I hunted the “Big Five,” not with a weapon but a backpack full of cameras. This is the unforgettable story of the Lion that ate my camera!
The journey to Johannesburg, South Africa, differed from my last safari trip, as I had first-hand experience photographing a previous game drive in Kenya and the associated challenges. On this trip, my photography gear included my standard DSLRs and lenses; however, I had a plethora of clamps and magnetic mounts to attach smaller, remotely operated 4K video cameras to the outer vehicle body instead of shooting through a clean’ish window or protective cage.
My go-to remotely operated cameras were two DJI Pocket 2 gimbal cameras which shoot impressive 4K video while controlling pan, tilt, zoom, and settings from the vehicle’s safety using WiFi.
The “Big Five”
With cameras attached to the vehicle and my DSLR in hand, the game drive began in Pilanesberg National Park. The full-day game drive on a sunny, warm day yielded dozens of unique opportunities to photograph most of the big five. Admittedly, the sheer size of the park and unrestricted roaming of animals made up-close encounters rare; however, there was some, but not total, success in seeing the big five.
The next day, I seized the opportunity to visit 1000-hectare Lion & Safari Park to continue the photographic hunt. The Lion & Safari Park is a protected environment resembling a wildlife sanctuary rather than the wide-open Serengeti. As a result, many animals are accustomed to human interaction and curious about human visitors. Naturally, wild animals will attack if provoked; however, caged vehicles offer above-average protection.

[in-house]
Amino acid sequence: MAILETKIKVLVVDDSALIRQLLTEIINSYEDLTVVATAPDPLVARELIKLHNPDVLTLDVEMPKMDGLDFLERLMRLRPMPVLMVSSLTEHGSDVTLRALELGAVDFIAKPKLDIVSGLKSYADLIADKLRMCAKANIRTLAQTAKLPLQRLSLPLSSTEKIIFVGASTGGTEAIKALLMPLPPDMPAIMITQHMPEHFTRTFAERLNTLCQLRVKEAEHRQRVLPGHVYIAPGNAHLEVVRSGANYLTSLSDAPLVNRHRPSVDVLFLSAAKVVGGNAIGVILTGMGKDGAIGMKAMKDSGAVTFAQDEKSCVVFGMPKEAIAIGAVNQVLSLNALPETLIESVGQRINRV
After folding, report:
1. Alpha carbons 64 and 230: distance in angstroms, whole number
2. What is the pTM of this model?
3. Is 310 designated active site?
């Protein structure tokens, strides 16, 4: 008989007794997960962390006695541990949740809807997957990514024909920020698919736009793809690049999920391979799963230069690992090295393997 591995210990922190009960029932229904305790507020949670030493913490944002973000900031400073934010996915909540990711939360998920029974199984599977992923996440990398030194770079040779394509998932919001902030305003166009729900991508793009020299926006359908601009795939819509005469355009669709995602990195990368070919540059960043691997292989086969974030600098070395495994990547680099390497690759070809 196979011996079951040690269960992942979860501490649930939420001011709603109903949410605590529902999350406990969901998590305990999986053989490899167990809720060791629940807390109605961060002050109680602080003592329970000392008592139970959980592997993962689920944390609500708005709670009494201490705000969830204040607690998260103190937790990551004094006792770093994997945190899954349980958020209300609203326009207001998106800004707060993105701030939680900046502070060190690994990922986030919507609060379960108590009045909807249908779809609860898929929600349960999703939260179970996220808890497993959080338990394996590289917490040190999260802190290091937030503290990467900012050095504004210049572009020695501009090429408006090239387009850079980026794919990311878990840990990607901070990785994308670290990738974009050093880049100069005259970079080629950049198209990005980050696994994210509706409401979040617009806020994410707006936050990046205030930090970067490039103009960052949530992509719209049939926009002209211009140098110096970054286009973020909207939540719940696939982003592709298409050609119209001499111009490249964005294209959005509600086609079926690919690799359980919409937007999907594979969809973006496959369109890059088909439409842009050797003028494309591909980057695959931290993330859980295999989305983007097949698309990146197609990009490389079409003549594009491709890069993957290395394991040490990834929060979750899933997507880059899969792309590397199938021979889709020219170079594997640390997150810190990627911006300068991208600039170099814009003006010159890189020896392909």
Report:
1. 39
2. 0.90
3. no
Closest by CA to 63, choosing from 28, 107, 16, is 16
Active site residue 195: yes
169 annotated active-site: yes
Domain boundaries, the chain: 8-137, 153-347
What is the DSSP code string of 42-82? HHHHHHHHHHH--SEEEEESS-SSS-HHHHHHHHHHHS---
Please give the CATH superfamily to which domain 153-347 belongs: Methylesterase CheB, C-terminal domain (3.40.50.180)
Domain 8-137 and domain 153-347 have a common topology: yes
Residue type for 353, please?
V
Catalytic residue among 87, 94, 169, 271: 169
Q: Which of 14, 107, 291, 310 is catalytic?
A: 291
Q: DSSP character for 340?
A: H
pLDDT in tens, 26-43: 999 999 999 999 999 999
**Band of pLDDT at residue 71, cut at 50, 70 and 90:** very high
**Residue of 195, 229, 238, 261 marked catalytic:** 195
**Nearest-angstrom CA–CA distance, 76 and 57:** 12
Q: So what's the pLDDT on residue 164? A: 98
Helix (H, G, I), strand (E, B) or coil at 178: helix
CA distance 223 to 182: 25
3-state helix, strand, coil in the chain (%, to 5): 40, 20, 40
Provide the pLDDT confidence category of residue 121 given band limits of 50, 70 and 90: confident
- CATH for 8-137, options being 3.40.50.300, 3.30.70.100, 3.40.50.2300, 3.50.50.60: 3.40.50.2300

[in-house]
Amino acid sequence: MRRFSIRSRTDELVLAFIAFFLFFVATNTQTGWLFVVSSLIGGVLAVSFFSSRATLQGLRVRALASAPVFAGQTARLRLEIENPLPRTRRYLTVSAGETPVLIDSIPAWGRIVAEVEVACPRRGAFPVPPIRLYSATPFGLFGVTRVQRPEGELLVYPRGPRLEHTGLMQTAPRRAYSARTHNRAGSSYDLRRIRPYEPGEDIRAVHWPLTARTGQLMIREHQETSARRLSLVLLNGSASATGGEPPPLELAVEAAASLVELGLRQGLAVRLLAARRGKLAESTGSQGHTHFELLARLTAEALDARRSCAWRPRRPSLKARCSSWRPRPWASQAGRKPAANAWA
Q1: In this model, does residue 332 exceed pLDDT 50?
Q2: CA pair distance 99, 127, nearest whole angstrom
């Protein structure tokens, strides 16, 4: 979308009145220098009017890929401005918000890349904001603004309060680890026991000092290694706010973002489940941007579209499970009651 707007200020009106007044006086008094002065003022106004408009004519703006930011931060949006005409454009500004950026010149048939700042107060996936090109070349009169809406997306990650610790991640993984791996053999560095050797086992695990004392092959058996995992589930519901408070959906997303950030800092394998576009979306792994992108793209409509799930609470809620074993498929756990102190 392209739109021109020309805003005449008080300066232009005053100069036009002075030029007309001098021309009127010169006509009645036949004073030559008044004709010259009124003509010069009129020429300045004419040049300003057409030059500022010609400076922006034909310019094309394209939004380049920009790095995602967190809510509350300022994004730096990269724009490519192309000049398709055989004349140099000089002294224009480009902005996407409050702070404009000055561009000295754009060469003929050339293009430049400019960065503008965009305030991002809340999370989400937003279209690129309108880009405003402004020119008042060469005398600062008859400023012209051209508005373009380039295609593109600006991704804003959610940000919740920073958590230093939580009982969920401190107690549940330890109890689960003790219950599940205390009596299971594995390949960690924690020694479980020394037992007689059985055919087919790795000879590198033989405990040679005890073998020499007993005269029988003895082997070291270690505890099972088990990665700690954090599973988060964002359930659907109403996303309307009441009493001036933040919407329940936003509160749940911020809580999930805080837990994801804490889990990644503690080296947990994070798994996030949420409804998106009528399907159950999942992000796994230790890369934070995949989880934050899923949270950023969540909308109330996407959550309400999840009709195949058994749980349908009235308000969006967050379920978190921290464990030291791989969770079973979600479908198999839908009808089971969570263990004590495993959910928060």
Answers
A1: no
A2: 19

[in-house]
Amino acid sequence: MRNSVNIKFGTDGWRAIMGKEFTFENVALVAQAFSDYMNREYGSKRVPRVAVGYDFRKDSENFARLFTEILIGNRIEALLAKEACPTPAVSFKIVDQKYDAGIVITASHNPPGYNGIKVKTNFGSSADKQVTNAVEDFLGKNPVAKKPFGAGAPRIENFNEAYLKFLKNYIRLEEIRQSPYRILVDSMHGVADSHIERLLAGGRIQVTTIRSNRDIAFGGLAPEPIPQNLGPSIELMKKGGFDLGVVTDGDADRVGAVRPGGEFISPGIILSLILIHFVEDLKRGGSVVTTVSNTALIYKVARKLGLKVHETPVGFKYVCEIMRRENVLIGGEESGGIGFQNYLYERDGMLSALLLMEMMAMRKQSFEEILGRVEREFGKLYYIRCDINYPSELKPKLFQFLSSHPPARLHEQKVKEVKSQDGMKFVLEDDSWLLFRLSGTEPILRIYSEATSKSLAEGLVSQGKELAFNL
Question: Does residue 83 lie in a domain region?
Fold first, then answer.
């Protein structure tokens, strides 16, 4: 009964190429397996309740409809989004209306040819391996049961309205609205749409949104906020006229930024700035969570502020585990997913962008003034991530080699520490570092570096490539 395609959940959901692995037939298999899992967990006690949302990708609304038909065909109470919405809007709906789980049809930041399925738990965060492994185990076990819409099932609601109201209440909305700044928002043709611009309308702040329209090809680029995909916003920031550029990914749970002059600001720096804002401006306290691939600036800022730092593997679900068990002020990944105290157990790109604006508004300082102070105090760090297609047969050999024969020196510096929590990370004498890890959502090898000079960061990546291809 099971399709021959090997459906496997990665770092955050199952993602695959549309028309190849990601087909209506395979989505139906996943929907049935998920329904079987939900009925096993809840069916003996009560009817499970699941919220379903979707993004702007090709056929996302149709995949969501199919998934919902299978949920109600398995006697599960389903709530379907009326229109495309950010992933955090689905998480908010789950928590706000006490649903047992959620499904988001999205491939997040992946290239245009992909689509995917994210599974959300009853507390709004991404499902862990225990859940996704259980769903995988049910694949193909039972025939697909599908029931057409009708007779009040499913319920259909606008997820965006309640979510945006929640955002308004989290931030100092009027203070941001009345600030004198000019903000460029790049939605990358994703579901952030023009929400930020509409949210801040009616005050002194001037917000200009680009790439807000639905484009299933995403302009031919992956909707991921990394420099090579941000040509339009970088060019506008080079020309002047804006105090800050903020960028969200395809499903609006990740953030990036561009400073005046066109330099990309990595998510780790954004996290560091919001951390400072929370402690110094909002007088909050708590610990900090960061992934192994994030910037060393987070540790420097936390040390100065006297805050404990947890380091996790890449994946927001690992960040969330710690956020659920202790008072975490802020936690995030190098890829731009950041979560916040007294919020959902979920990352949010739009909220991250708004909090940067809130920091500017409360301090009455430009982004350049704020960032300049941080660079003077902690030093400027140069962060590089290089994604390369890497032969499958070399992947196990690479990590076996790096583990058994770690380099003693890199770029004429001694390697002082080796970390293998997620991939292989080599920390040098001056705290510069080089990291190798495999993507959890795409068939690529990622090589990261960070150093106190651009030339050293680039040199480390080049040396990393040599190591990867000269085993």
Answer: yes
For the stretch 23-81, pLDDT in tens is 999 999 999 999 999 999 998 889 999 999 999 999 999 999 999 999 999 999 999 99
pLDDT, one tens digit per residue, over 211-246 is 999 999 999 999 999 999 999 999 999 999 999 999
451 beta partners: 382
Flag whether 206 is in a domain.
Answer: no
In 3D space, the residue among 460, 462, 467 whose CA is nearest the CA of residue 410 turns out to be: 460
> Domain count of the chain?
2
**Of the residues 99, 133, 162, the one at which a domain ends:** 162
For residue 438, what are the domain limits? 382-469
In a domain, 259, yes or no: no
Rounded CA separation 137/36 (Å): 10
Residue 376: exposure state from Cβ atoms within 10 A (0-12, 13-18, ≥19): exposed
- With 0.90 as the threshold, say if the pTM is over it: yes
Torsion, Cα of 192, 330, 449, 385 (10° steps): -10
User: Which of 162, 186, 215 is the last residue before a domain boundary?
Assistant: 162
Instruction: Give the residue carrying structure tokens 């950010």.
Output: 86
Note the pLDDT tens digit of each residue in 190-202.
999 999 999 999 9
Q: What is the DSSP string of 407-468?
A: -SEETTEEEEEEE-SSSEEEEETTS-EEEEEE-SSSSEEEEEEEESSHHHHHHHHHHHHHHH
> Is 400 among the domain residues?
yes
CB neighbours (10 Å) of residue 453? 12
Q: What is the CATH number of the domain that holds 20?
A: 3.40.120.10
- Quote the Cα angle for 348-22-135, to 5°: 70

The Lion ate my camera
As we slowly crept up on a pride of lions, a few curious younger females decided to get a closer look at us and were intrigued by the rustling of a plastic bag inside the vehicle.
Attached 4m (12′) above the ground was my DJI Pocket 2, magnetically mounted to the vehicle’s roof. Without fail, the 200kg (440lb) zeroed in on the tiny camera and decided (in typical cat-like fashion) that she would like to play with it too.
With a gentle leap, she grabbed the camera off the vehicle’s roof and brought it back to the other lions to play with.
What happened to the camera?
I suspected my magnet-mounted camera could fall off the vehicle or fall victim to animal shenanigans. So, I streamed everything wirelessly to my phone and saved the feed directly on my device.
After the lion attack and resulting playtime with the camera, the novelty (and taste) of the DJI Pocket 2 camera quickly wore off, and she abandoned her trophy 15 minutes later.
The safari continued without the camera for a while; the park staff recovered the camera later that day and were handsomely rewarded for their efforts.
In the end, the camera was a bit soggy from the lion licking and chewing on the magnetic mount; however, surprisingly, the camera was in one piece and still FULLY WORKING! Even though I had the video streams of the encounter stored on my phone, the SD card yielded fantastic 4K footage of the lion attack and a giant cat being a cat.